Muscadine Lines: A Southern Journal

Abracadabra

Susie Dunham


There’s more than one way to become a grandparent.

Bossman and I moved to the Nashville area over three years ago, never dreaming this would be where we’d discover our granddaughter. We’re damn Yankees who fell in love with a babe born in Tennessee.

Sweetie was only three when she and her mom, who’s from Alabama, came into our empty-nested lives. She called us Miss Susie and Mr. Bossman, which was so darn cute. During a visit about six months into the relationship, she decided she was going to give us new nicknames.

“I’m going to call Mr. Bossman…uh…Pappy!” she told us, her eyes lighting up like flares.

Pappy?

‘Pappy’ was beaming. Sweetie’s Mom was snickering. I nearly burst holding in the biggest guffaw never bellowed.

The new Pappy said, “Nobody, NObody else is allowed to call me that. Sweetie can, though.”
The beams of light shining from Pappy and Sweetie’s eyes were blinding.

Then the cherub looked at me. I waited expectantly to find out my dear new nickname. Finally, I was going to become a grandmother after years of fantasizing. This sweet child was picking the name herself. Even my imagination never came up with this scenario.
“And Miss Susie, I’m gonna call you…”

I waited; my face hurt I was smiling so hard.

“I’m gonna call you… Mammy!”

My smile cracked.

Pappy’s mouth hung agape.

Sweetie’s mom’s eyes peeled back like onions.

“Mammy? Are you sure that’s what you want to call Miss Susie?” the child’s confused mother asked with a giggle.

“Yup! Mammy. Mammy and Pappy! That’s their new nicknames.”

The child hugged us.

‘Pappy’ was sounding better to me. He was beaming while stifling laughter.

“Sweetie, are you sure you want to call me Mammy? Isn’t there another name you’d like to call Miss Susie, like…Grandma, or Granny or Grammy?”

I’d never pictured myself as the Mammy-type, whatever that might be. I just knew that it wasn’t a good fit. I was young. I was blonde. I was born in New York.

The child and her mother had a quick, whispered conversation.

“Okay. I’ll call you…”

We waited.

Her big blue eyes rolled side to side searching…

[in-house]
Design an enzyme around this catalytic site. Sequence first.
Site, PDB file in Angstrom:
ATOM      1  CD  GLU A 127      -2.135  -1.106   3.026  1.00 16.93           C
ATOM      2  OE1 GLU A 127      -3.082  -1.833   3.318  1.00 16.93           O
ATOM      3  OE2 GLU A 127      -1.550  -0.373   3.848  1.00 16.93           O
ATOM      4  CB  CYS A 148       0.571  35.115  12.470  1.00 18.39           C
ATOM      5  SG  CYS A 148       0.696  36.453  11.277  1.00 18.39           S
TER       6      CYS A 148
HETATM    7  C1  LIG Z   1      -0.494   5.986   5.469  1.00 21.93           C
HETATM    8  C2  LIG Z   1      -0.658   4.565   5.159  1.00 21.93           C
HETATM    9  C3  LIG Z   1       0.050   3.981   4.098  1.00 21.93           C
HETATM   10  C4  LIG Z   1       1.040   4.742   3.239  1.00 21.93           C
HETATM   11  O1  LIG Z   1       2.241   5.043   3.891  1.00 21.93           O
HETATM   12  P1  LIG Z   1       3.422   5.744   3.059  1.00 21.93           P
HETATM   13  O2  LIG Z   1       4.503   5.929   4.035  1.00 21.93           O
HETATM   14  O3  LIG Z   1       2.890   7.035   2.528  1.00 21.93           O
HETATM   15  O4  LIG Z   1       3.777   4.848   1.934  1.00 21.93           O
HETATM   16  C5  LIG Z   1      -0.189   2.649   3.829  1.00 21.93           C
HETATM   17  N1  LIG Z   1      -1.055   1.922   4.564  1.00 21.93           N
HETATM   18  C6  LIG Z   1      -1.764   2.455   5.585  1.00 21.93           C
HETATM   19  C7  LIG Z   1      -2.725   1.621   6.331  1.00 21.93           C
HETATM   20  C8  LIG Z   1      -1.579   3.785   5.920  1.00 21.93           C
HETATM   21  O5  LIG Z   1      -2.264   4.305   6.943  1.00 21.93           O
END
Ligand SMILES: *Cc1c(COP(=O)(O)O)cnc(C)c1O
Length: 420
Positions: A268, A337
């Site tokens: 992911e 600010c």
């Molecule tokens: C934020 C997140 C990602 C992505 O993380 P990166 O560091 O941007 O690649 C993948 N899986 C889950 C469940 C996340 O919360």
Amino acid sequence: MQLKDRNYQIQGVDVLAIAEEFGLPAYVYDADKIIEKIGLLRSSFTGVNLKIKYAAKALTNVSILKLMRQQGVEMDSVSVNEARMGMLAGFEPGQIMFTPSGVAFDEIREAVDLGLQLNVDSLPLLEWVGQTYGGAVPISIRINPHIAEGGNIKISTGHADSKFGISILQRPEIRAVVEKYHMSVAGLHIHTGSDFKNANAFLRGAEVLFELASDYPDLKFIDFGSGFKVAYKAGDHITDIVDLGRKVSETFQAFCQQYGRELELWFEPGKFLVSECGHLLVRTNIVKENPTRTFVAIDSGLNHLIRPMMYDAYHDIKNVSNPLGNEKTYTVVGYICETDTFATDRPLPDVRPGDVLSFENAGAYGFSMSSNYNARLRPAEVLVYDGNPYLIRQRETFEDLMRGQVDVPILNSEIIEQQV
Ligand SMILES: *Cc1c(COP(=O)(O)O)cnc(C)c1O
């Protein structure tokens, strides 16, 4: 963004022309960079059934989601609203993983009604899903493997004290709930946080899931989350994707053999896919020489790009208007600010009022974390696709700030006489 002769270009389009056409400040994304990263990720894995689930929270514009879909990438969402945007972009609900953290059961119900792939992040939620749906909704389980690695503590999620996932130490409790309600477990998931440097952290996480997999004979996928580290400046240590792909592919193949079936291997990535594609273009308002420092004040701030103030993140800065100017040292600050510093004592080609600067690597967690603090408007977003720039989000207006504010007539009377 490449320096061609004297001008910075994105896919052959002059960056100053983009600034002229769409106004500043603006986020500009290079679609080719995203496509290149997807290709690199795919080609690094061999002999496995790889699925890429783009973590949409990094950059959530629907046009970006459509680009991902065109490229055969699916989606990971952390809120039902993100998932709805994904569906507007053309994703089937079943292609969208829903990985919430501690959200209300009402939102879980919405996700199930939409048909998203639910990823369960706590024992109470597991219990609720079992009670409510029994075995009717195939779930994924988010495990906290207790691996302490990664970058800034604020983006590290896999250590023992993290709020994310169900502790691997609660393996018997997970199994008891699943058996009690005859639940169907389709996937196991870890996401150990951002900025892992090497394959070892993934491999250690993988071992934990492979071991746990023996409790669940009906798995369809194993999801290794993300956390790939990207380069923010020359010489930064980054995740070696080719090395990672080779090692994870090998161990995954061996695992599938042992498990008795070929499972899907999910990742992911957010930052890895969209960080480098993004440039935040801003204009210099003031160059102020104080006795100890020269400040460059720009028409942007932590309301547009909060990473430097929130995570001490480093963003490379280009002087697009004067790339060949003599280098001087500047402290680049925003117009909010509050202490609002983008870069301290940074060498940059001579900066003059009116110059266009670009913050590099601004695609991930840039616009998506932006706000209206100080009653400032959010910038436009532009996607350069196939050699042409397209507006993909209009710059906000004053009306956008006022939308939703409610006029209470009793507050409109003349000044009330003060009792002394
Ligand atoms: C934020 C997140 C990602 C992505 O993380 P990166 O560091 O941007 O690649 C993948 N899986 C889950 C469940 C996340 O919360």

And waited.

The eyes flashed!

“Nana!”

Warm air stirred as three adults let out kept breaths.

“Oh! Nana is perfect, Sweetie. Just perfect.”

“Yup. Nana. That’s it. You’re Nana and Pappy.”

Beams of light and choruses of angels were in the living room at that moment. So be it. We are honorary grandparents. I’m a Nana and a darn good one, too. And Pappy’s the best grandfather in the world. Just ask him.

Oh, and you can ask Sweetie. She’ll tell you the same thing.

Grandchildren sometimes materialize right in your living room.

***

Susie Dunham says she’s a Yankee with a southern soul. She’s been writing fiction since she was a schoolgirl, which was when she discovered the creative side of her brain could get her out of scholarly corners. It wasn’t until she turned 50 that she decided it was time to start taking her humor and her writing seriously. Since then, Susie has been featured in the online literary magazine Muscadine Lines: A Southern Journal, has edited and written a private newsletter, and currently writes a humor column called All I’m Sayin’ Is… featured in the Grassland Gazette near Nashville, Tennessee. Susie loves being part of her Writers In CAPS group and is a proud member of the Williamson County Council for the Written Word. She and her newly retired husband live in Franklin, Tennessee.

© Susie Dunham

Muscadine Lines: A Southern Journal ISSN 1554-8449, Copyright © 2004-2012